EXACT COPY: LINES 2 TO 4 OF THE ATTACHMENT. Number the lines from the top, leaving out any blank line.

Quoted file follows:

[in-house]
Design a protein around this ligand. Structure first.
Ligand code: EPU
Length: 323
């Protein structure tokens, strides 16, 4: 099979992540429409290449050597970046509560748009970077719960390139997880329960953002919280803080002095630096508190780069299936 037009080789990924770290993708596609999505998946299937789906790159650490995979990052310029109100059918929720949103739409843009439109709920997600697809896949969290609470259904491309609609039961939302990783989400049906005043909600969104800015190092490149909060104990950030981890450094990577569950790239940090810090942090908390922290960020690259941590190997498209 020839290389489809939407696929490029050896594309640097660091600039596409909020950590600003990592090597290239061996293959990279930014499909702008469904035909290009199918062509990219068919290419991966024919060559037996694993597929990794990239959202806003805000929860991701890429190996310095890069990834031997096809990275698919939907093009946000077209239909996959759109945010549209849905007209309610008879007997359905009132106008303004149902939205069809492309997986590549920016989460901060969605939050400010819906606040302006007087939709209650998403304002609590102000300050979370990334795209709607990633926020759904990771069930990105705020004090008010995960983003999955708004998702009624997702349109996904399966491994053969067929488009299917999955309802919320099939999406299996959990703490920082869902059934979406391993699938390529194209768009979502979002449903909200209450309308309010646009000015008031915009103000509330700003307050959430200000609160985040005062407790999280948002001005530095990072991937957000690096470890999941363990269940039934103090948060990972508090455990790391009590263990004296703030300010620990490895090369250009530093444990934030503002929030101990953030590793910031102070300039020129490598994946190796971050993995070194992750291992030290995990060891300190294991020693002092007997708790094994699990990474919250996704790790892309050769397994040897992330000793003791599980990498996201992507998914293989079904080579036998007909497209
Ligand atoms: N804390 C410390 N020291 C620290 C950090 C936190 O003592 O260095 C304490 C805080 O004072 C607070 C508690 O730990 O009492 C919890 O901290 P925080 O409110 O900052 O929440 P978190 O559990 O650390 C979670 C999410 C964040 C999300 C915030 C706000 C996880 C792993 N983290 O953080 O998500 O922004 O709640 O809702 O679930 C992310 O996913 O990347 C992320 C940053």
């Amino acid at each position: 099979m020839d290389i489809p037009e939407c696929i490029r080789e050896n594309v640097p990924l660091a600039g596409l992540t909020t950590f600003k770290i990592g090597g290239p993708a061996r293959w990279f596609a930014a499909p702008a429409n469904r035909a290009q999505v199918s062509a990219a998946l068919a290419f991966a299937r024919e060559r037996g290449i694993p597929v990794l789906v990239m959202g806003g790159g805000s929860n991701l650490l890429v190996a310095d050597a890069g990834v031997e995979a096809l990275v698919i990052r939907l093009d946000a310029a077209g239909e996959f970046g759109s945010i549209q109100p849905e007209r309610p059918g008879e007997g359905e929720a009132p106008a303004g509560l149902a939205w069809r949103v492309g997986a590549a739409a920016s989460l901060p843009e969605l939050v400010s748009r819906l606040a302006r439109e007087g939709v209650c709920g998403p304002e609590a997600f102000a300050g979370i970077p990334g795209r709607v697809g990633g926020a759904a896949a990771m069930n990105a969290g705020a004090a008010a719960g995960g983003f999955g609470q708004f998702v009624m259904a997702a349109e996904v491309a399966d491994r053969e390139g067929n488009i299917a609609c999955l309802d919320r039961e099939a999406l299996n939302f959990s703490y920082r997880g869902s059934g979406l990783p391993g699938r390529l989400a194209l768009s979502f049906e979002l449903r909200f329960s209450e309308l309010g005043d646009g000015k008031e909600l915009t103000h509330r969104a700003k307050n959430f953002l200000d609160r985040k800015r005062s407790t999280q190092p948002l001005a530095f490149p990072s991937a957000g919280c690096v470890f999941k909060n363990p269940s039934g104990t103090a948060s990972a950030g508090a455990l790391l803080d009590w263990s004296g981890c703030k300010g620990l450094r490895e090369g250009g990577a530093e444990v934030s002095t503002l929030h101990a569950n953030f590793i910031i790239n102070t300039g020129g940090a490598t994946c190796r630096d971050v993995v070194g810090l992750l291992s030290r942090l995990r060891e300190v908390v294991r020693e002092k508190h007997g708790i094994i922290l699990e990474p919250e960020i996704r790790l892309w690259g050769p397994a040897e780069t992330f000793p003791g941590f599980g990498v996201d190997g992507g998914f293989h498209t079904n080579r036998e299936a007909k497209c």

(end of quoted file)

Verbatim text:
Design a protein around this ligand. Structure first.
Ligand code: EPU
Length: 323